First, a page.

“You can’t even imagine how much the children look forward to seeing the residents at our visits,” D’Onofrio said. “It has really made an impact on both the students and the residents. Together they’ve written poems, played games, built candy houses, and cooked up a Thanksgiving feast. It’s been a great year.”

The farewell luncheon is always an emotional and memorable event, with barely a dry eye among the adults in attendance. The children get all dressed up, parents are invited, and a lunch is served in the rotunda at Jefferson’s Ferry’s main building. This year, on May 21, the children read aloud letters to the residents and performed Randy Newman’s song, “You’ve Got a Friend in Me.”

“The students and the residents become very close over the course of the year,” said Barrett. “We attended the school’s talent show and the kids ended up cheering for us. It made our residents feel loved and very special. We’ve also had numerous students return over the years, either to visit their friends or give community service. It’s very gratifying and a win-win for everyone.”

Student Harry Rosenzweig wrote a note to resident Jim Ardolino.

“I want to thank you so much for playing spoons with me that Thursday we came in April. You made me realize that my hair is way too long and that I can’t see with [it] in my eyes! I got it cut that weekend and I saw the world in a new way! The stories you told about how athletic your childhood was were so awesome and interesting. Thank you for being the coolest resident ever.”

Another student, Julianna Lorber, said that, “I’ve had such an amazing experience coming to see all of the residents. … Thank you for always making me leave with a smile on my face.”

Mary Bafundi, a 95-year-old Jefferson’s Ferry resident, has participated in the Intergenerational Program since she moved into Assisted Living more than five years ago. Today Mary lives in Skilled Nursing, but pilots her electric power chair to keep up with her young friends.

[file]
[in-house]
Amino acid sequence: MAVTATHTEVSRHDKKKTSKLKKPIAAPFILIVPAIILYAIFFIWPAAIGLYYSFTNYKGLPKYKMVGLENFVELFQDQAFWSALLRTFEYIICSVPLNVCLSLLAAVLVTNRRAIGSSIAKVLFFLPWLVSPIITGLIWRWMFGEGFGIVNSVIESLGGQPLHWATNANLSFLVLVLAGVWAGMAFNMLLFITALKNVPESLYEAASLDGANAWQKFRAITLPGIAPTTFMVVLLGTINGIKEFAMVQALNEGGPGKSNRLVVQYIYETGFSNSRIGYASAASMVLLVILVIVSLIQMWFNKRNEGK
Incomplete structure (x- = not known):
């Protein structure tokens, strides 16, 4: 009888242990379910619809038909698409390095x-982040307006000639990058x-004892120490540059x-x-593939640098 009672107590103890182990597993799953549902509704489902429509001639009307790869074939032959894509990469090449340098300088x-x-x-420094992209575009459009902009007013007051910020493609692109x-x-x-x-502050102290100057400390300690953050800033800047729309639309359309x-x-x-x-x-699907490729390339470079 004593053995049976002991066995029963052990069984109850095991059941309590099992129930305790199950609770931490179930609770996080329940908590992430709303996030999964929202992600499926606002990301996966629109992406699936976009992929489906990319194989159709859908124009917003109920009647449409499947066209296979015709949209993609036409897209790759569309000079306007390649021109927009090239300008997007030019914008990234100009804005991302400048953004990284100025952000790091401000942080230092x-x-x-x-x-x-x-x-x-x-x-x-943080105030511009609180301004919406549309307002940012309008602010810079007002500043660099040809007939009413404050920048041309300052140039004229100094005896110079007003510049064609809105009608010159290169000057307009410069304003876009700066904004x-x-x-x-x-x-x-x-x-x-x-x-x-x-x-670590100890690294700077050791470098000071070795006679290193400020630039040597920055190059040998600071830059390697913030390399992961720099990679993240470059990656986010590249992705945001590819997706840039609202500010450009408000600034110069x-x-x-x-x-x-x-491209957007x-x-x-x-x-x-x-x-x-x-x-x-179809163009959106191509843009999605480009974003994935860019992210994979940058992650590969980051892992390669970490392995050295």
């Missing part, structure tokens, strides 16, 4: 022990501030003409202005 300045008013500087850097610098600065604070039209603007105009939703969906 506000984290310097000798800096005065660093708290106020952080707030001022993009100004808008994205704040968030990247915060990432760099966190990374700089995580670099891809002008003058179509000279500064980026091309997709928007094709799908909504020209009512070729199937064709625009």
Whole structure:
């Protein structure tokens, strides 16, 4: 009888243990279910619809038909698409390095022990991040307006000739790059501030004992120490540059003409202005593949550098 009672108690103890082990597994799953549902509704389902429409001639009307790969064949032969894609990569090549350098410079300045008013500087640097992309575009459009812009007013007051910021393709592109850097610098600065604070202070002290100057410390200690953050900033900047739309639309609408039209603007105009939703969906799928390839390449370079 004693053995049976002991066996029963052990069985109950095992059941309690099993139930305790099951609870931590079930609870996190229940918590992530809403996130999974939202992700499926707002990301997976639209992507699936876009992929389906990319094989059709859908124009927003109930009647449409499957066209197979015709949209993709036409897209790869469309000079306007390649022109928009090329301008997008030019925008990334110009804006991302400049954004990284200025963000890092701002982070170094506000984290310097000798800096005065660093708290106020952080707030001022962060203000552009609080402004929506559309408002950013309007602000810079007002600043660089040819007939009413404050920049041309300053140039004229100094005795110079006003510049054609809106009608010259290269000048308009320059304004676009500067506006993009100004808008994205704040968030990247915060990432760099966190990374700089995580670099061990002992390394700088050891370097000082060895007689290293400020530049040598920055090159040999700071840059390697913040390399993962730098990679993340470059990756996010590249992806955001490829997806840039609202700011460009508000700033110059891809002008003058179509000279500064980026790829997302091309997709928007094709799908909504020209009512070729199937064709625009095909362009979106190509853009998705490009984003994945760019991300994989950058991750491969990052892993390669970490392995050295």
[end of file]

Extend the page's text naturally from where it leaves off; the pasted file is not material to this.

She’s helped plant flowers with the children, baked with them, attended their talent shows and told them her stories. As the oldest of 13 children, Mary spent most of her life first tending to her siblings and then her own children.

Joining Mary in the program are residents Giselle McGann, Dorothy Catania, Jim Ardolino, David Wooster, Nina Sloan, Betty Bangert and Lisa Goldschmidt. In addition to Henry and Julianna, D’Onofrio’s students are: Ashley Bunici, Hazel Cash, Jean Chung, Faith Curth, Melaina Gargano, Toni Amber Hemmerick, Kaitlyn Hernandez, Kristopher Furnari, Maia Le Lay, David Liang, Giani Mascolo, Conor Matthews, Julian McGrath, Mark O’Brien, Samuel Ribeiro-DiCanio, Lindsay Rodgers, Ben Sheline, Sohum Singh, Hannah Toirac, Melissa Vivenzio and Dylan Zummo.

A young woman from Rocky Point was killed early Friday morning when her car hit a dump truck on Route 25A.

According to the Suffolk County Police Department, the woman, 29-year-old Michelle McDonald, was driving east in a 2009 Mercedes sedan at about 6 a.m. as a 2003 MACK dump truck was backing out of a driveway just past Monroe Street. The vehicles collided.

McDonald was pronounced dead at John T. Mather Memorial Hospital in Port Jefferson, police said. The truck’s driver, a 43-year-old man from South Setauket, was not hurt.

Motor Carrier Safety Section officers inspected the truck and impounded the Mercedes for a safety check.

Detectives from the 7th Squad are investigating the crash. Anyone with information may call the squad at 631-852-8752.

Village historian shares story of walk through nature, delivers tips on how to navigate Old Post Road terrain

The Sherwood-Jayne Farm’s nature trails offer an abundance of scenic North Shore spots. Photo from Beverly Tyler

by Beverly C. Tyler

Walking the nature trails at the 80-acre Sherwood-Jayne Farm on Old Post Road in East Setauket is a delight.

My wife, Barbara, and I walked the three trails this past Friday about 10 a.m. It had rained Thursday night, however the trails were completely dry and the soft covering of well-trodden leaves made the walk easy and pleasant underfoot.

A kiosk marks the start of the trails and identifies the route and color markings of each trail. The start of the walk is slightly uphill and slightly narrower than the rest of the trails. Stay to the left throughout and you will go from the white trail to the blue trail and then the red trail.